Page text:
OLYMPUS DIGITAL CAMERATook some time out from tidying and fruit picking to photograph OLYMPUS DIGITAL CAMERAsome peppers that were destined for the compost bin. The colour versions didn’t look that good, so I reduced them to mono and then sepia toned one. Quite impressed with the results.

Drove in to Glasgow Airport at night to pick up JIC and Sim. Lovely night after a very changeable day.

Burds – 19 July 2015

Despite it being colder than normal last night, I was too hot and couldn’t sleep.  So about 4.00am, I got up and had myself some cereal for a very early breakfast then went back to bed.  Even at that early hour, the birds were singing.

Finally woke around 8.30am and made real breakfast (more cereal) for us both.  While I was waiting for my tea to brew, I threw out a couple of stale slices of my lovely homemadeDSC_2969- blog--200 bread, for the birds.  This immediately attracted the corvidae population.  These scavengers are really taking over this year with crows, ravens, jackdaws and the ubiquitous magpies which I detest.  This is the first year I’ve seen so many of them.  They seem to arrive in masses to roost on rooftops all around us and, of course, grab any food that’s going.  I’m thinking of making a cage DSC_2966- blog--200that will cover the bread scraps with a mesh big enough to allow the smaller birds through, but prevent these black rogues from stealing any.  One of them sidled along the fence until it was within snatching distance, or so it thought.  Thankfully, I only have to grab the door handle and they are off on a sortie around the houses before returning for another look.  Actually, I don’t mind them as much as the pigeons.  The crow family are at least wild.  The pigeons live in a pigeon loft a couple of streets away and if left to it, can hoover up a whole loaf in no time.  Big fat rats with wings.  Not the brightest lights on the tree either.  My brother used to shoot them with an air rifle and said it took two or three slugs before they noticed that they were dead!

After the pigeon and crow watch, I restarted my painting, this time with oils.  I just painted on top of the acrylic (which was on top of a watercolour!)  As far as I can remember, you can paint oil on top of acrylic, but not the other way round.  If I get up tomorrow and find that the whole thing has slid down off the easel onto a pile on the floor, I’ll know I’ve got it wrong.  Anyway, I think it looks better and it’s has a much more tactile painting with oils rather than painting with acrylic – it’s like painting with soft butter – a strange analogy, but that’s the way I see it.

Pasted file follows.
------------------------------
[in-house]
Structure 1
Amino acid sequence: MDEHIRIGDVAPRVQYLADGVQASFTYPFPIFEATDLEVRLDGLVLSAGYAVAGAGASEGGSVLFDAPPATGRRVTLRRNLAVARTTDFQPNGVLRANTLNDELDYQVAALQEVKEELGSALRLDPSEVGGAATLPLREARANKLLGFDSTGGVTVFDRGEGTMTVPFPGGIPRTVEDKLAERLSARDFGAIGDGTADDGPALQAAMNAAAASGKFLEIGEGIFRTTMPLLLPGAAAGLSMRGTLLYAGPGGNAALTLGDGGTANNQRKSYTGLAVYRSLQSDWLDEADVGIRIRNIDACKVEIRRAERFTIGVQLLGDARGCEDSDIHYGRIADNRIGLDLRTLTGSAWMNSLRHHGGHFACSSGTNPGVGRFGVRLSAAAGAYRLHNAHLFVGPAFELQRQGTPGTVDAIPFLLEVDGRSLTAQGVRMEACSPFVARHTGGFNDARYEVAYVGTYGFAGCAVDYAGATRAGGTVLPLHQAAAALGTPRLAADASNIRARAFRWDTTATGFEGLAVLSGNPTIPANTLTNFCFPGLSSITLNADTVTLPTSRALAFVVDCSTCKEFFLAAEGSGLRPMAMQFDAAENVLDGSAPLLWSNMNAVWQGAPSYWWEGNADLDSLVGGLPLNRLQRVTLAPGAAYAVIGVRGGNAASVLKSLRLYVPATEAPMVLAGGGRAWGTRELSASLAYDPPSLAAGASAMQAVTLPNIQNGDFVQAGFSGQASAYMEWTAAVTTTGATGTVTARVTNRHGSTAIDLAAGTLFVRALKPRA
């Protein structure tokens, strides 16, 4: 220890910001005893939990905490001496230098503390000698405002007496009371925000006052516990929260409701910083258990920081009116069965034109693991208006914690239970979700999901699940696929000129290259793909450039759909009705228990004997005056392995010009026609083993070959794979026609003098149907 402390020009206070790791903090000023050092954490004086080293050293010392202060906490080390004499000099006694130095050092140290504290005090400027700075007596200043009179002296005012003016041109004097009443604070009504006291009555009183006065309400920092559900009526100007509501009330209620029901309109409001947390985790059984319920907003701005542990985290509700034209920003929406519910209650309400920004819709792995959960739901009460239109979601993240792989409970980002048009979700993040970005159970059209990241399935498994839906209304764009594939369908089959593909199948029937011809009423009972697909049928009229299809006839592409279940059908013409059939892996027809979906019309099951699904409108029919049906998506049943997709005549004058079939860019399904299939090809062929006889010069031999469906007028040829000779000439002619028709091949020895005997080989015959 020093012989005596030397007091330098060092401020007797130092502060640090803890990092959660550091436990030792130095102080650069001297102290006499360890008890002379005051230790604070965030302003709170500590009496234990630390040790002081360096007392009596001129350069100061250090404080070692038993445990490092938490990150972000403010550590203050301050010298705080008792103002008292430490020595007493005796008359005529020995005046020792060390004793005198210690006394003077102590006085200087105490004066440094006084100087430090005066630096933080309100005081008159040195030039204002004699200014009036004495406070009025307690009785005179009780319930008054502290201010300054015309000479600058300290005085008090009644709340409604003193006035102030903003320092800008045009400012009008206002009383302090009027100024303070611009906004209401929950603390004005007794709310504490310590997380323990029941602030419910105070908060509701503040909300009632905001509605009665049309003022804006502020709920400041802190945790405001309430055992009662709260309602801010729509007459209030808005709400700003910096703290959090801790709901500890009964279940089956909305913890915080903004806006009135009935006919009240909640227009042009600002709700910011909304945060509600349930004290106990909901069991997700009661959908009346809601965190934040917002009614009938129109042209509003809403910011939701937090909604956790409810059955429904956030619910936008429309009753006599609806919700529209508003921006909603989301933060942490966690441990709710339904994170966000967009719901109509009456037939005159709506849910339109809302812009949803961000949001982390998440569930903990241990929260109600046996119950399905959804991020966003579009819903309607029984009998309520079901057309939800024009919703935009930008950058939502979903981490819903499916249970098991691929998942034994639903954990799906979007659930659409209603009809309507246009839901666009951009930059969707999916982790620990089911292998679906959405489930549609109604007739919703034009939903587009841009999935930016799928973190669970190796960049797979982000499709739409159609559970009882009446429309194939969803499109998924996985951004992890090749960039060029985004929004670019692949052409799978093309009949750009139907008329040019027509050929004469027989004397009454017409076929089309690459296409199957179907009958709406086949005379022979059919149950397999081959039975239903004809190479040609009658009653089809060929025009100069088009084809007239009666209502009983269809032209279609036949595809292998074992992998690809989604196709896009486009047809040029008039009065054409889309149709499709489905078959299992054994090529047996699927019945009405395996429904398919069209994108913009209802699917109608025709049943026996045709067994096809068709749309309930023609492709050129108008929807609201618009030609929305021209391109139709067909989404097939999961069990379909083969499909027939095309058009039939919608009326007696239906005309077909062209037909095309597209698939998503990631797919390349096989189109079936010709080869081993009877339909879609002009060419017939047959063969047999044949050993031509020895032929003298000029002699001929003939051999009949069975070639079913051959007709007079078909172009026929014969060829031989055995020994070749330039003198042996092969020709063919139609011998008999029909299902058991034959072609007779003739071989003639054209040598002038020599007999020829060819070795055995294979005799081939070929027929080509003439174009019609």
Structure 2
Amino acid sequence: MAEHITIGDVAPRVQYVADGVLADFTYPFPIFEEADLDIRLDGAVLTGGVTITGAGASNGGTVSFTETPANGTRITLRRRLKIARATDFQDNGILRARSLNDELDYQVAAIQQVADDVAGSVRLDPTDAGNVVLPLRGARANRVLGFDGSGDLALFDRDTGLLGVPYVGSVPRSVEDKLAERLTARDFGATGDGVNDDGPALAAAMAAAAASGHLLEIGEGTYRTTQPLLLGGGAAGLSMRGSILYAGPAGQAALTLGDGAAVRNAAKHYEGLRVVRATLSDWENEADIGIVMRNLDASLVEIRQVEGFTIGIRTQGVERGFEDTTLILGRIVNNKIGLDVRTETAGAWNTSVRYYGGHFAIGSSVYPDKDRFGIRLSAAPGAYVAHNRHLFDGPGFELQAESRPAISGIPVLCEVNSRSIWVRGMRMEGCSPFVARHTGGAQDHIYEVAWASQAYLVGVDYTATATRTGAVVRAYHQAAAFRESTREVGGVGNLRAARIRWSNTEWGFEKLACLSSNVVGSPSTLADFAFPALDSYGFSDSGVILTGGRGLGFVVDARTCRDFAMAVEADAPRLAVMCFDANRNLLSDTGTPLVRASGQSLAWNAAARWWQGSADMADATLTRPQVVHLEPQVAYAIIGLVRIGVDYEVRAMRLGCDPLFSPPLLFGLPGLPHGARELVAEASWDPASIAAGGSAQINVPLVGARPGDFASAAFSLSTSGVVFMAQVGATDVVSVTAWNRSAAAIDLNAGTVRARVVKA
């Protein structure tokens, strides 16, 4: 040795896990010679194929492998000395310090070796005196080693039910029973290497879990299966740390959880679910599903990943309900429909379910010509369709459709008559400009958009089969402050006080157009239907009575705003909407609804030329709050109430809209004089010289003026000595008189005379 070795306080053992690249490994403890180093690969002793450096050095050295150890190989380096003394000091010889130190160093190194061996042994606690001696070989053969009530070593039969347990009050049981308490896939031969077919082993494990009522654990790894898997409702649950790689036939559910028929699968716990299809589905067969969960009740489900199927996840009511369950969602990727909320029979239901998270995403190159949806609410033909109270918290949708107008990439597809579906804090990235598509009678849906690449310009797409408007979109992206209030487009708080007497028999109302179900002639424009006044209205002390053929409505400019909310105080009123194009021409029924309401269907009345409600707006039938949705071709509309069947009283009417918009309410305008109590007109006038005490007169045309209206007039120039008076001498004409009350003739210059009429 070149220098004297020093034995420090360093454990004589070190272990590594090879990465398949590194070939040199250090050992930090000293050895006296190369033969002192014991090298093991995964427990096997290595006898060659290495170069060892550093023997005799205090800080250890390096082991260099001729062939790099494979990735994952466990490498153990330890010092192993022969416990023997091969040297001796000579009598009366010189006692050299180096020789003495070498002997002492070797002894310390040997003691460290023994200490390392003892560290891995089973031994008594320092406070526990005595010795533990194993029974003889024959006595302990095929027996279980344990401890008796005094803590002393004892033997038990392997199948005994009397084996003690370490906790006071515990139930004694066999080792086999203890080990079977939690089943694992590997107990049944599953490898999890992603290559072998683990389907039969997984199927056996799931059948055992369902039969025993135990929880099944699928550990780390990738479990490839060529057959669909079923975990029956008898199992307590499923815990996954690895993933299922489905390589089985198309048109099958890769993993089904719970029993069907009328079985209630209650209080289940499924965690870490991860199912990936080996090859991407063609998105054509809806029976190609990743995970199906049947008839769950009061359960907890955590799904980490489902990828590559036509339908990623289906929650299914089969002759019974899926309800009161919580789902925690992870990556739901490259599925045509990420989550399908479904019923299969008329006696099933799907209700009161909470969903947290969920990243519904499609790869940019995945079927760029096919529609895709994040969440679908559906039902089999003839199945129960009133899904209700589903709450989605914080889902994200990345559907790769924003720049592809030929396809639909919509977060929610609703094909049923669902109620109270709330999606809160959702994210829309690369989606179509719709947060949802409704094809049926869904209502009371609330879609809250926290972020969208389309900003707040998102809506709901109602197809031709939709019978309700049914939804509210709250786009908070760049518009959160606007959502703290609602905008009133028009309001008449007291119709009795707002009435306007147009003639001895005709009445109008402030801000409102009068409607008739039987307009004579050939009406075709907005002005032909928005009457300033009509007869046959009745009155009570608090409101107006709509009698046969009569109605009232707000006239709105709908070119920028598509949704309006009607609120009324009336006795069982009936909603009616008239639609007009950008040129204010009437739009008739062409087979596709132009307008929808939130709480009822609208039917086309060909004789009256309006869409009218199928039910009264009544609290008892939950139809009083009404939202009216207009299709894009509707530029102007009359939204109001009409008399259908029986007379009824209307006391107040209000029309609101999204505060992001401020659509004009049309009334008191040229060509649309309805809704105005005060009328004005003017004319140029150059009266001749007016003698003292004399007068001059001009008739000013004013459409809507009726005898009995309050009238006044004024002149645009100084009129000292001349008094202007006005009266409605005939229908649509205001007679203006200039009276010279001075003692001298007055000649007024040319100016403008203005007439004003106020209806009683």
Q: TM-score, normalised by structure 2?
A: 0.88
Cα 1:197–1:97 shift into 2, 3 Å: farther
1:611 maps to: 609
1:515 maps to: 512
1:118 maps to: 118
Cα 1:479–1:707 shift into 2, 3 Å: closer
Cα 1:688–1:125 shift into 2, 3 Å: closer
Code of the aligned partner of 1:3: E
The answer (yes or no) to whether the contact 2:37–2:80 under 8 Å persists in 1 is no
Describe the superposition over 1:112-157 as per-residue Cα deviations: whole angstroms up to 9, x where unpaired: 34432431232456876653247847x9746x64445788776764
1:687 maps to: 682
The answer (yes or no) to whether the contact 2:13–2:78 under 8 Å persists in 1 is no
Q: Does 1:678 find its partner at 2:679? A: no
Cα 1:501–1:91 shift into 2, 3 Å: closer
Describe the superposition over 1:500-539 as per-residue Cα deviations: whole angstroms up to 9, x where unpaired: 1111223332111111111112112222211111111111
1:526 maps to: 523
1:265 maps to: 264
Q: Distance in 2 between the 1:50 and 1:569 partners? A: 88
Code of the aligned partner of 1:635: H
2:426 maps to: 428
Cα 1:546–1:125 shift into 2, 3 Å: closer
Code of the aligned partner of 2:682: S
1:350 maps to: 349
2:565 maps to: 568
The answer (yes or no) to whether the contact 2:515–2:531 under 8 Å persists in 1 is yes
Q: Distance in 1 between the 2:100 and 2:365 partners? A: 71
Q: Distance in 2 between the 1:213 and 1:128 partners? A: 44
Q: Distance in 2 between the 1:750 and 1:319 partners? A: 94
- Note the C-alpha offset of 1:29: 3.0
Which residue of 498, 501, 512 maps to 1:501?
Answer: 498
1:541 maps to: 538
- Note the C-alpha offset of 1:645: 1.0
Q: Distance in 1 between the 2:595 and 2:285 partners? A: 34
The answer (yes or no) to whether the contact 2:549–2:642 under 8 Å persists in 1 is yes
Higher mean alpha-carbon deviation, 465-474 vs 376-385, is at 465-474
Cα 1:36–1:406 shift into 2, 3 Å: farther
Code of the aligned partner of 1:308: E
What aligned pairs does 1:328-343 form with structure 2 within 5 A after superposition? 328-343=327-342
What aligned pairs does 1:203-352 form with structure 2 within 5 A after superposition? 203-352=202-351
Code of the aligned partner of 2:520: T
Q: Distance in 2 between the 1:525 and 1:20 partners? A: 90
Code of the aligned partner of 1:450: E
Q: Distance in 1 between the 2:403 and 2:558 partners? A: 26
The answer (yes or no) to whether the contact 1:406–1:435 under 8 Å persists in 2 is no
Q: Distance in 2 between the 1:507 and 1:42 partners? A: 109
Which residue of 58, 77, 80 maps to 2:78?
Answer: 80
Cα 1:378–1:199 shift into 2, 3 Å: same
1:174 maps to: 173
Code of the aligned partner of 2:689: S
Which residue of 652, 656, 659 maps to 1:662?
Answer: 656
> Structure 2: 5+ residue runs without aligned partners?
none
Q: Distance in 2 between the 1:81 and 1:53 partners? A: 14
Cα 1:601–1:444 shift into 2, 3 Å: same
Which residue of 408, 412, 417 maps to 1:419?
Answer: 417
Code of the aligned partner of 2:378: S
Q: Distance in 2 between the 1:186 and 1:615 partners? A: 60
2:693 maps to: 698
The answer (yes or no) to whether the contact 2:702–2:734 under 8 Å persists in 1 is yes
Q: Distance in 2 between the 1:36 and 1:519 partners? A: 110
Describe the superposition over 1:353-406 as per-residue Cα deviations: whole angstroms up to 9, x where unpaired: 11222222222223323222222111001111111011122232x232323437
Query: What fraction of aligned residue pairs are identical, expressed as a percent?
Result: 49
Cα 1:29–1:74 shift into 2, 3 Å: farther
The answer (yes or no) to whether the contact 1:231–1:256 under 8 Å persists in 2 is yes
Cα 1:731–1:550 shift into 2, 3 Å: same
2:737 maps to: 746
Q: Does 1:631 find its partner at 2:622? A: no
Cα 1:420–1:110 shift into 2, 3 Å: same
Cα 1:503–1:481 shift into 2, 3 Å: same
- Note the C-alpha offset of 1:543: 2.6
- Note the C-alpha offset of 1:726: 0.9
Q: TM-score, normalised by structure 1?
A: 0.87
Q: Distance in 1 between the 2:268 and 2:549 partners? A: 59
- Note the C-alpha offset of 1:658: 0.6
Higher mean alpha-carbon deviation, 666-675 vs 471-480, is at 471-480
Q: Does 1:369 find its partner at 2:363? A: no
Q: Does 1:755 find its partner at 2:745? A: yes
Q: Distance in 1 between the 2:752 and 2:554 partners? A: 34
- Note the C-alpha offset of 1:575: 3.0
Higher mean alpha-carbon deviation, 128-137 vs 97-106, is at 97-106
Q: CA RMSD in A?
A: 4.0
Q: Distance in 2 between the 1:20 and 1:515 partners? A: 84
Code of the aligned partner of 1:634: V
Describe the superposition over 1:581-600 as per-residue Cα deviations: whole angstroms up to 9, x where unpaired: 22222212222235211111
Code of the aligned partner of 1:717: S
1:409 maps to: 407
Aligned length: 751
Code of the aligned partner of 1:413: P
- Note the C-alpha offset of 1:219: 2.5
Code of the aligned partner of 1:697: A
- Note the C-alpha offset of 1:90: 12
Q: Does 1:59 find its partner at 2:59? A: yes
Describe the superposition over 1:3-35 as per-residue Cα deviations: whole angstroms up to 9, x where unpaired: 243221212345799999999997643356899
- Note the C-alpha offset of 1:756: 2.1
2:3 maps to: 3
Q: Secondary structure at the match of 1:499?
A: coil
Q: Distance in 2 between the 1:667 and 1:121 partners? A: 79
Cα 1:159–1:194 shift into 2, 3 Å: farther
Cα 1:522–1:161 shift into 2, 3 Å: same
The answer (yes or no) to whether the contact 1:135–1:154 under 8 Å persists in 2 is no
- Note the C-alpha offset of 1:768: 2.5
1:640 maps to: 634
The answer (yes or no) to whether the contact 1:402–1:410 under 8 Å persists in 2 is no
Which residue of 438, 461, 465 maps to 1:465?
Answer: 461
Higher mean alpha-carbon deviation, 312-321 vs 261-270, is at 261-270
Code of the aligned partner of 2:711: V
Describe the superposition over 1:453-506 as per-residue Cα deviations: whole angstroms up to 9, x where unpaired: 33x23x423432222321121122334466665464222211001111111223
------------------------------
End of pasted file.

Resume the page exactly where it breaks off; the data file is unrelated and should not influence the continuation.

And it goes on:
Salsa in the Garage tonight and it was really good and very hot.  We surely lost a kg or two at least.  Lots of people from our class there as it is Fair Monday tomorrow and the STUC is closed.  So no salsa classes this week unless we go to help with the beginners on Wednesday.  We’ll see.

Hoping to try out the bike carrier tomorrow if the rain stays away.

Ants – 13 July 2015

I was putting some old fruit in the compost bin today. When I opened the lid I was shocked to see a load of white eggs and hundreds of ants. I fed the fruit to the composter and put the lid back on then went in DSC_2893- blog--194.jpg search of Mr Google to see if he had any thoughts on the problem of ants in the compost, and possibly a solution to get rid of the beasties. I was surprised to find site after site extolling the virtues of ants in the compost. Apparently they help with the decomposition of the vegetable matter. They also help aerate the compost and save gardeners the trouble of turning over the compost as they do that themselves. WIth that information, I returned to the composter with my Nikon and a Sigma 105mm macro lens and took the Shot of the Day, then put the lid back on. Welcome ants, friends not foes.

I got a watercolour sketch done today. Not entirely satisfied with it, but that’s the point of a sketch. I’ll try it again tomorrow. I’m not sure now if I will proceed on to a full size watercolour. I may change it to an acrylic using a technique I’ve read about in a book. If I try this technique and it works, I’ll write more about it later in the blog.